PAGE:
Red HatThis forum is for the discussion of Red Hat Linux.
Welcome to LinuxQuestions.org, a friendly and active Linux Community.
You are currently viewing LQ as a guest. By joining our community you will have the ability to post topics, receive our newsletter, use the advanced search, subscribe to threads and access many other special features. Registration is quick, simple and absolutely free. Join our community today!
Note that registered members see fewer ads, and ContentLink is completely disabled once you log in.
If you have any problems with the registration process or your account login, please contact us. If you need to reset your password, click here.
Having a problem logging in? Please visit this page to clear all LQ-related cookies.
Introduction to Linux - A Hands on Guide
This guide was created as an overview of the Linux Operating System, geared toward new users as an exploration tour and getting started guide, with exercises at the end of each chapter.
For more advanced trainees it can be a desktop reference, and a collection of the base knowledge needed to proceed with system and network administration. This book contains many real life examples derived from the author's experience as a Linux system and network administrator, trainer and consultant. They hope these examples will help you to get a better understanding of the Linux system and that you feel encouraged to try out things on your own.
Click Here to receive this Complete Guide absolutely free.
This weekend, the automount daemon didn't come back after a reboot of an old server, and I can't figure out how to restart it. Suggestions are welcome.
This server is (they tell me) a strange hybrid of Red Hat 7.1 and 7.2 -- it's weird enough that although all the other local Linux servers are running newer versions of RH or its clones, this one has been left as is. Unfortunately, I don't know offhand what patches have and have not been applied.
What I've tried so far:
- Re-rebooting; said "Starting automount [FAILED]"
- Running /etc/init.d/autofs with various parameters: start, restart, stop then start, status.
- Removing the lock file, then re-running autofs start.
- Putting echo statements in a copy of the autofs script and running the copy as a sort of trace.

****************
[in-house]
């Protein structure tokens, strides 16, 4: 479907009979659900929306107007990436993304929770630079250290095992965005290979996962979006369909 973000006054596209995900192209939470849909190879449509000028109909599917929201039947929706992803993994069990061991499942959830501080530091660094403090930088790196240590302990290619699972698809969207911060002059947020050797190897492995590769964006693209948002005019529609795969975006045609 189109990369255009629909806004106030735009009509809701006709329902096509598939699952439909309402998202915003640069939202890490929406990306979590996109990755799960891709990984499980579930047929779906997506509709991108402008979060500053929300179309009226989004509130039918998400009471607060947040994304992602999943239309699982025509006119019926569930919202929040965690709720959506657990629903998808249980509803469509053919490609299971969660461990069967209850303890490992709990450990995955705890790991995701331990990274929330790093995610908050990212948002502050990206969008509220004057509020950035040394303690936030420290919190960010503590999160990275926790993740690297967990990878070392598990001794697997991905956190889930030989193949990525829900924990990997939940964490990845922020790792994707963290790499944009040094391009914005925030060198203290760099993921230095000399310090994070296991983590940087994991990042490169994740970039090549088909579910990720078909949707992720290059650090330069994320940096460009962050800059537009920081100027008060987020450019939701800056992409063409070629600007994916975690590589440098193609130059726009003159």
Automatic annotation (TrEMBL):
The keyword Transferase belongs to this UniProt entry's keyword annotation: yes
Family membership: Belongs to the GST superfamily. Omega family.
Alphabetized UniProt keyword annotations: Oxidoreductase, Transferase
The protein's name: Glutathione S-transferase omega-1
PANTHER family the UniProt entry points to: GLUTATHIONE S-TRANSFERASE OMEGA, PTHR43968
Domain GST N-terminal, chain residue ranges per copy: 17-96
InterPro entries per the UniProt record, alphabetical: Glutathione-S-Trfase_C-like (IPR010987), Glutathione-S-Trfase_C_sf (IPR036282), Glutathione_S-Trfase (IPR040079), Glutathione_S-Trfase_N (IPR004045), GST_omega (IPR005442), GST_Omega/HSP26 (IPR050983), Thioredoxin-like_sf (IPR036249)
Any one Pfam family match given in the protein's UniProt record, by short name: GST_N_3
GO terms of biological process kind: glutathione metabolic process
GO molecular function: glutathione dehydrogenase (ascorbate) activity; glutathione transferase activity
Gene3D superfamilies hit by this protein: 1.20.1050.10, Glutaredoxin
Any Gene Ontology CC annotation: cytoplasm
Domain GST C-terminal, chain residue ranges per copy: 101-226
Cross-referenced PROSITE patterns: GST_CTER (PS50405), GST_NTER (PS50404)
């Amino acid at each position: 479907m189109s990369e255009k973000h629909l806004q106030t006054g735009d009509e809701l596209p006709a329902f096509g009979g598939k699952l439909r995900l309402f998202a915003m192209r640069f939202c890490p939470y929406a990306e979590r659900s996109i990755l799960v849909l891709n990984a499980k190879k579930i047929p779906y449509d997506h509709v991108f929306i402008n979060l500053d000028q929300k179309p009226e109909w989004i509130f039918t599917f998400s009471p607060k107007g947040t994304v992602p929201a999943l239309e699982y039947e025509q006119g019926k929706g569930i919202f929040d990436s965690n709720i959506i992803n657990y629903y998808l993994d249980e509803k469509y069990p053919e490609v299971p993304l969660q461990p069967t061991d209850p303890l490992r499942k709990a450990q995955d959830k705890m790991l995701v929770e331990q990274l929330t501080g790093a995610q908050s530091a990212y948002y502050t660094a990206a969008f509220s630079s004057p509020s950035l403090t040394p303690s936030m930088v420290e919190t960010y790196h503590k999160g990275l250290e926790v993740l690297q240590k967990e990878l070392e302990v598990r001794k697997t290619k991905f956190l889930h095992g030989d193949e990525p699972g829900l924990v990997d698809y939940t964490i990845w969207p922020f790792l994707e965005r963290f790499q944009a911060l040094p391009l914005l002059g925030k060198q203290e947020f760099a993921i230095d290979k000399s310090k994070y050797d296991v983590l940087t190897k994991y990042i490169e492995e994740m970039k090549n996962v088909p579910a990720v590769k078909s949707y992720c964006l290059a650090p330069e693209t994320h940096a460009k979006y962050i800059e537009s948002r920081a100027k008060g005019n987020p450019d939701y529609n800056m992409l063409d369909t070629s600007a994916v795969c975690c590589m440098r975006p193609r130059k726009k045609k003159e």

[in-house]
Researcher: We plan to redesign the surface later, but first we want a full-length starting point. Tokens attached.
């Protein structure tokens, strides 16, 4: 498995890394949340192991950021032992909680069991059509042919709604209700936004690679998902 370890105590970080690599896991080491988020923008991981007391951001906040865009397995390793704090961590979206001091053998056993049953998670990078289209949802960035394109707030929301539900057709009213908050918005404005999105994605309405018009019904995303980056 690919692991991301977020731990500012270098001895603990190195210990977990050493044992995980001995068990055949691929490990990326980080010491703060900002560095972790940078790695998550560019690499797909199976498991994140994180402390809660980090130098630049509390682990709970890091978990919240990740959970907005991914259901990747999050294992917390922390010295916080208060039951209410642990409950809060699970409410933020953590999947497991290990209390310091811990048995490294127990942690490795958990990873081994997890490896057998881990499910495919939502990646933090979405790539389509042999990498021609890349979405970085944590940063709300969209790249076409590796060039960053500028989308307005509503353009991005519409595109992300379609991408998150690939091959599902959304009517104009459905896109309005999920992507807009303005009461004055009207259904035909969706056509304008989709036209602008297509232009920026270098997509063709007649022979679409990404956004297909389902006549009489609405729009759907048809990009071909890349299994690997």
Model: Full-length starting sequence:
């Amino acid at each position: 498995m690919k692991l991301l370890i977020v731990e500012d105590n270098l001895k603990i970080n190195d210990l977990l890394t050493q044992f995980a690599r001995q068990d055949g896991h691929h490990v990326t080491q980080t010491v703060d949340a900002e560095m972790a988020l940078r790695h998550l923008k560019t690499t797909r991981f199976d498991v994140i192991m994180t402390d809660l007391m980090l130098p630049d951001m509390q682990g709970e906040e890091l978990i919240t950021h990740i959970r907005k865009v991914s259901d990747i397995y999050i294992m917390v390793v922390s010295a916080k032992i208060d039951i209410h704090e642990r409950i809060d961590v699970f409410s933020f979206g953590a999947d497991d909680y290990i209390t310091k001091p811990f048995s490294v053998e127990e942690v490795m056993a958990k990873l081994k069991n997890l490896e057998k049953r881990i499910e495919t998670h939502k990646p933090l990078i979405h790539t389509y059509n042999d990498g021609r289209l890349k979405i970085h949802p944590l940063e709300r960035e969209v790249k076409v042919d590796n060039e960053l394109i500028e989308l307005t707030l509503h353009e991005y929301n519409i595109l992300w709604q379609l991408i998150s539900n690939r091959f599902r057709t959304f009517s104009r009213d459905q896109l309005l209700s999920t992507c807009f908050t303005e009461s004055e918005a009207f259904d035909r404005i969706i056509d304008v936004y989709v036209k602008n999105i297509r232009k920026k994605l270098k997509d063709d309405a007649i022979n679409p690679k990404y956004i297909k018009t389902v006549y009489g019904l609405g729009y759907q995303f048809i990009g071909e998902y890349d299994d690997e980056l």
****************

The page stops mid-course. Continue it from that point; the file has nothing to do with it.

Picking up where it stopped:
This last, combined with other strategies, made me aware of the lock file and the fact that it seems to be created even if after the script runs, the automount daemon is not running. The script (with or without the extra debug statements) sometimes thinks it has successfully started the daemon (which doesn't show up in ps -ef) and sometimes admits it has failed.
Yes, I know that the long term solution is to upgrade. An interim solution may be to hard-mount anything that the users really need. It would, however, be nice to get it working the way it was before the reboot.
Thanks for the response. The problem is fixed now, and I'm surprised at what apparently went wrong. It turned out that the automaps were missing because of a problem in /etc/fstab that I would have thought was unrelated.
There was a bad label in /etc/fstab: /var/log/messages said "fsck: Couldn't find matching filesystem: LABEL=/u1" and "mount: special device LABEL=/u1 does not exist". There _is_ a directory named /u1, so I don't know quite what the problem was, but the error seems to have prevented the mounting of some or all of the file systems that came after it in the fstab. After I ran mount -a, a couple of additional file systems were mounted, including the one where the automaps are stored. Then I re-ran the autofs init script, and the automount daemon finally came up and stayed up.
Is it correct to conclude that some kinds of errors in /etc/fstab can prevent other file systems from being mounted? And any idea how to figure out why it said the label didn't exist?
"... Once you have created and formated a partition, you should assign it a label using the e2label command. This allows you to add the partition to /etc/fstab using a label instead of using a device path, thereby making the system more robust ..."
In your case "/u1" is a directory and the label, which is written to disk. I don't know why the label is gone. Did you
change disks or partitions ? So you can now either add a label or change /etc/fstab to use the "normal" /dev/hdX instead of the LABEL.
I was'nt aware that problems in /etc/fstab prevent the mounts on the following lines to be executed.
I got some history of the system from someone who has
been around it longer than I have. Apparently it used
to have a couple of internal drives whose labels/mount
points were /u0 and /u1. The second internal drive was
removed but the mount point wasn't. What we decided to
do was comment out the offending line, and no trouble
I've never seen the problem with an error in fstab
blocking mounts of following lines, either. However,
it turns out there was another problem, unrelated to
the automounts, that was also fixed by mounting
the filesystems that came after the line with the bad
label in fstab. It could just be a problem with the
mutant kernel this particular machine is running.
Thanks again -- I appreciate the information and